When COVID-19 first hit the United States, there wasn’t an illustration of what it actually looked like. It didn’t take long before medical illustrators were able to produce the now-famous image seen around the world.
One of the people behind it? Augusta University alumna Alissa Eckert.
Eckert graduated from AU in 2006 with a Master of Science in Medical Illustration from the College of Allied Health Sciences. She has worked for the Centers for Disease Control and Prevention since graduation and teamed up with Dan Higgins from the CDC to create the image of COVID-19.
Originally she set out to study biology and become a veterinarian. Eckert then discovered the field that landed her where she is today.
With her background in art, she decided to take the plunge and apply for the master’s program at Augusta University. There are very few programs in the country offering a medical illustration master’s degree and she quickly found AU had one of the best programs around.
While she has worked on other projects over the years, it was the COVID-19 illustration that became known on a global scale. Instead of coming from a microscope, it came off the tip of a pen.
But like the medical experts, the illustrators initially struggled to understand COVID-19 and took inspiration from similar viruses.
“We didn’t know anything when we first jumped into it. It was a lot of just using old parts from the original SARS virus and that kind of stuff. I would use different assets and things like that but our whole process probably was pretty similar to other projects: the communication aspect of it, the design and choosing the colors and stuff.”
She added that her group works daily with scientists in the CDC or health communicators who need an illustration for a project. When something like COVID-19 comes along, it’s all hands on deck with scientists, health communicators and illustrators all working together within the CDC.
“It’s something new every day, honestly. But I could get another one of those tomorrow. It becomes just another project. I’ve done many of those projects; the coronavirus was just the one that got the attention, but we’ve done a whole library full of imagery,” she said.
Becoming a medical illustrator is not as easy as learning to sketch something on paper. It involves an already intense undergraduate program and an even more challenging master’s program.
Eckert got her undergraduate degree from the University of Georgia before ending up in Augusta and knew the demand for medical illustrators was high. Each year, only a select number of students get accepted into the program. Class sizes are small, which helped to maximize the learning.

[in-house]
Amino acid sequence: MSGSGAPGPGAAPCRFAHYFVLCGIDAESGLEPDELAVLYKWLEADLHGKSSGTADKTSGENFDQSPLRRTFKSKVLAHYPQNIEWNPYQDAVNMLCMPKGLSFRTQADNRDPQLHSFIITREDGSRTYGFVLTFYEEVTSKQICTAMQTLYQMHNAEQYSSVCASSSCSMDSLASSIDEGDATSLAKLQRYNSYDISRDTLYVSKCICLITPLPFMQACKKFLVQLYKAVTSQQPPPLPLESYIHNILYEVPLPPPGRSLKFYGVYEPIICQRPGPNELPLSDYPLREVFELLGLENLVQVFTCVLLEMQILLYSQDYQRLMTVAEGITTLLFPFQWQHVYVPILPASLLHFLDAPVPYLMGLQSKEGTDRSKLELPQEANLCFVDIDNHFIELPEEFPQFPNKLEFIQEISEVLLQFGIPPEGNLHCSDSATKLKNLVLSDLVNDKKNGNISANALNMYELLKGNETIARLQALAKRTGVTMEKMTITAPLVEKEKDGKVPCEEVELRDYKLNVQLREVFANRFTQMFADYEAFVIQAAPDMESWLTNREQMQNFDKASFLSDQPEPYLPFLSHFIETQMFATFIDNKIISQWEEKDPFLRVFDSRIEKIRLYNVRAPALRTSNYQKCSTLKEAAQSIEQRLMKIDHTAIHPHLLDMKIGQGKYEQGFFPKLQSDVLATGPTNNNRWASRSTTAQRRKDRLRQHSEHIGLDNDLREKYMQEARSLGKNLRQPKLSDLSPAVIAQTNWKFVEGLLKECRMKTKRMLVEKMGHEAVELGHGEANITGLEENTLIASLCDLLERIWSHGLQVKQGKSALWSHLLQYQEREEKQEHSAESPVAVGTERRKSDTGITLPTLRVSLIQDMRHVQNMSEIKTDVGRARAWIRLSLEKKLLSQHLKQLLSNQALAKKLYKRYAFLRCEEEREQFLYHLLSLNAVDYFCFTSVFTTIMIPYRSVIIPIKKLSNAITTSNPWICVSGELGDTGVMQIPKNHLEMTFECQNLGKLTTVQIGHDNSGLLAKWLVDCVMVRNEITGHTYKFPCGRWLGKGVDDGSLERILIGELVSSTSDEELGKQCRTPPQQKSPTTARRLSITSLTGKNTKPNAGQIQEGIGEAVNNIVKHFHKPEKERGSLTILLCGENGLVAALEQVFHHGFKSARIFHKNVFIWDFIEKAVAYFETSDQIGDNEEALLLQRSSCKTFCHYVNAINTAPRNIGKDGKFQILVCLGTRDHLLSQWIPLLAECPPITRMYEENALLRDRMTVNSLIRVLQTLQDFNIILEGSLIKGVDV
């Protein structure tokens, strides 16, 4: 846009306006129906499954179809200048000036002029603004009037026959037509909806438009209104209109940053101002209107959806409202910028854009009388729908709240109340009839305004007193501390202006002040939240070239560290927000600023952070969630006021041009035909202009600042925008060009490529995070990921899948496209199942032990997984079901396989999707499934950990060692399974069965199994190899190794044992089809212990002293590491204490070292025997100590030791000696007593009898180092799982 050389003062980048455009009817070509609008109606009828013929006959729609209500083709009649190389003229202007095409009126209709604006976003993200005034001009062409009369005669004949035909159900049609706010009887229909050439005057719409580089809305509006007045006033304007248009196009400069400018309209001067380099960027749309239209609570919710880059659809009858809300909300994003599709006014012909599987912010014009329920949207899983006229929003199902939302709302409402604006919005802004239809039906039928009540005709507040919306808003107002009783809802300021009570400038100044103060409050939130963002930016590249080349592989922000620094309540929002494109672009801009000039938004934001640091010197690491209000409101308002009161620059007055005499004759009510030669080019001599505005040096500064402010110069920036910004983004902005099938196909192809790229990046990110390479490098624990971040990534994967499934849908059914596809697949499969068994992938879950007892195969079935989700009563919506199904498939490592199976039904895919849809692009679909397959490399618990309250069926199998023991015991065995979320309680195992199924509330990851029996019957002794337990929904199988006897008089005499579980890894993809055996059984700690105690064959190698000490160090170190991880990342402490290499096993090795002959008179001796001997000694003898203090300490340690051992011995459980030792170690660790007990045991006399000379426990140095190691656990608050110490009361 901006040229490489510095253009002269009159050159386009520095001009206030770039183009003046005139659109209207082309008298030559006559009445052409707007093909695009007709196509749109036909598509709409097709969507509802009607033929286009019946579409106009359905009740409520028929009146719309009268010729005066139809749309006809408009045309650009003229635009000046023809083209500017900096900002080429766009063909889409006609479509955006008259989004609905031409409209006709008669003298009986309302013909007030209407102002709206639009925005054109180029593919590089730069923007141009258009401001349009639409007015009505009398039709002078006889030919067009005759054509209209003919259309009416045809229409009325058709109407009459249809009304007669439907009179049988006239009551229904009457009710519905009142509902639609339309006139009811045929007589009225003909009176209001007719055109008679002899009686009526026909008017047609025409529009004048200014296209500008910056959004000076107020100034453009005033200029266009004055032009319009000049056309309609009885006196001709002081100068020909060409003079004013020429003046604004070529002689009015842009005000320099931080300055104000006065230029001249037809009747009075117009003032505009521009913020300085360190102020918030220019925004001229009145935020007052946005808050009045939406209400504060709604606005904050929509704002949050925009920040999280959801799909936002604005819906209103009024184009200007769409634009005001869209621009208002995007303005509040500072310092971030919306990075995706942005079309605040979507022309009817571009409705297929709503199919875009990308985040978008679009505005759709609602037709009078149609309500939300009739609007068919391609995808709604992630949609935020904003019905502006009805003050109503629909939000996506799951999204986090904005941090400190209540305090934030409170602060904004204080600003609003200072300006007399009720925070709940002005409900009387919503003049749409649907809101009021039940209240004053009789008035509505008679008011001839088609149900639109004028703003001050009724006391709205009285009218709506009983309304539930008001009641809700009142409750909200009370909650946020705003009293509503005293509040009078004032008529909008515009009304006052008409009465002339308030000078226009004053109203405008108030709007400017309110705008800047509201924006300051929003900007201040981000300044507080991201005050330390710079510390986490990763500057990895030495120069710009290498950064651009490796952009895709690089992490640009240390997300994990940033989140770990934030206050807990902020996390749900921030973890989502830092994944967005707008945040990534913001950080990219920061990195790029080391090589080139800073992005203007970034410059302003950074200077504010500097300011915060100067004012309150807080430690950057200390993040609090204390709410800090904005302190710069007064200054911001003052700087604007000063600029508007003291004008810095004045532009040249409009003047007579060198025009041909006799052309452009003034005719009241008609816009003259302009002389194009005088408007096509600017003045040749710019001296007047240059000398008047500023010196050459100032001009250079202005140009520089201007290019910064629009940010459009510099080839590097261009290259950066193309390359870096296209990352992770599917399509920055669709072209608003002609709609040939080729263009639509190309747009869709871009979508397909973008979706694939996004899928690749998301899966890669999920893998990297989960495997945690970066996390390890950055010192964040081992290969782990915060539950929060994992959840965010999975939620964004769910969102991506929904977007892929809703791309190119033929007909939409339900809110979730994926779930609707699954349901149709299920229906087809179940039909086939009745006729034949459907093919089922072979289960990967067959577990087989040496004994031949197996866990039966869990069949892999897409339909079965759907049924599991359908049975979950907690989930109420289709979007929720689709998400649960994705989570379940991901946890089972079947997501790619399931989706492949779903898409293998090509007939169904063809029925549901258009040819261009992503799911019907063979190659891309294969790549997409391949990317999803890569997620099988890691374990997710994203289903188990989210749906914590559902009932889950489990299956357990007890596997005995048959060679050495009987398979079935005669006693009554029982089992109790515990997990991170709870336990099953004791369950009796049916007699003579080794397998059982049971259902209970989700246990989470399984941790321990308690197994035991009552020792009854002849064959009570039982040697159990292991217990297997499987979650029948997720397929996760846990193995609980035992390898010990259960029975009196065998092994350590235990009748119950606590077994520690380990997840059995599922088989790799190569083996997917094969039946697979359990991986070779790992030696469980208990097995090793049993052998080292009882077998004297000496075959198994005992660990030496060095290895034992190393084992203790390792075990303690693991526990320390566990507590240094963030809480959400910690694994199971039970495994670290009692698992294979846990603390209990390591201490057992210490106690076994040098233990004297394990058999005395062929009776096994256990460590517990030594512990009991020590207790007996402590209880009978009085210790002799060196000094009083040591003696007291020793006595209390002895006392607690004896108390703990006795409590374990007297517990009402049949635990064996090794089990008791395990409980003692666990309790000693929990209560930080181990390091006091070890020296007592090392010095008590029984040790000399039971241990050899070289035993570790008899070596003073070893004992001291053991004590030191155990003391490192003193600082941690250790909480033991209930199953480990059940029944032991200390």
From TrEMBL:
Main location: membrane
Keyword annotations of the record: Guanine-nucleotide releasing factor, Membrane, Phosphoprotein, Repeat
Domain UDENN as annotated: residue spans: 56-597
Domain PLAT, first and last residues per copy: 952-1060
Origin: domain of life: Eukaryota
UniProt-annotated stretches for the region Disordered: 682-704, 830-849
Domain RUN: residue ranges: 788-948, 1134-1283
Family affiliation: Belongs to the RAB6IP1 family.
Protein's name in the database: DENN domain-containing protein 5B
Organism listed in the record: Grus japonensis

“It’s a close-knit community. You go from one class to the next, and you are with each other all day, every day, and that trickles over into the evenings, so you’re spending all of your time with classmates, getting to know them well, and relying on them for everything,” she said.
The teaching staff that Eckert learned from was composed of just three professors: Steve Harrison, Bill Andrews and Andrew Swift. She gives a lot of credit to Harrison for playing an instrumental role in helping her get the job with the CDC.
“It was a unique role for each of the professors that we had. They each fulfilled the niche for us that we needed. The more traditional techniques that we needed and then the 3D stuff that we needed. It was nice to be able to cover all the bases.”
Some of that instruction included going into the operating rooms to actually see how internal structures of the body work. You can see a 2D photo of things, but to make it 3D, getting to see how something works can give an artist a much better understanding when it comes time to do illustrations.
“It just prepares you to be in that real situation with all the scientists and how to present yourself and how to work with those types of professionals to begin with. There were a lot of opportunities when we were in school to work with subject matter experts, as well,” Eckert said.
What she couldn’t have been prepared for was all the attention she’s received since the illustration came out. From the New York Times to TV stations around the country and even media outlets from Australia and Norway, they have all talked to her about the design of COVID-19. The work was also up for a coveted Beasley Design of the Year Award, going against top-level artists.
“I had friends from the Netherlands call me saying, ‘Look, your art is on our TV here.’ My husband has watched me do my art throughout the years. He was kind of along for the ride this whole time. I guess he probably had a bit of bragging about it and he was proud.”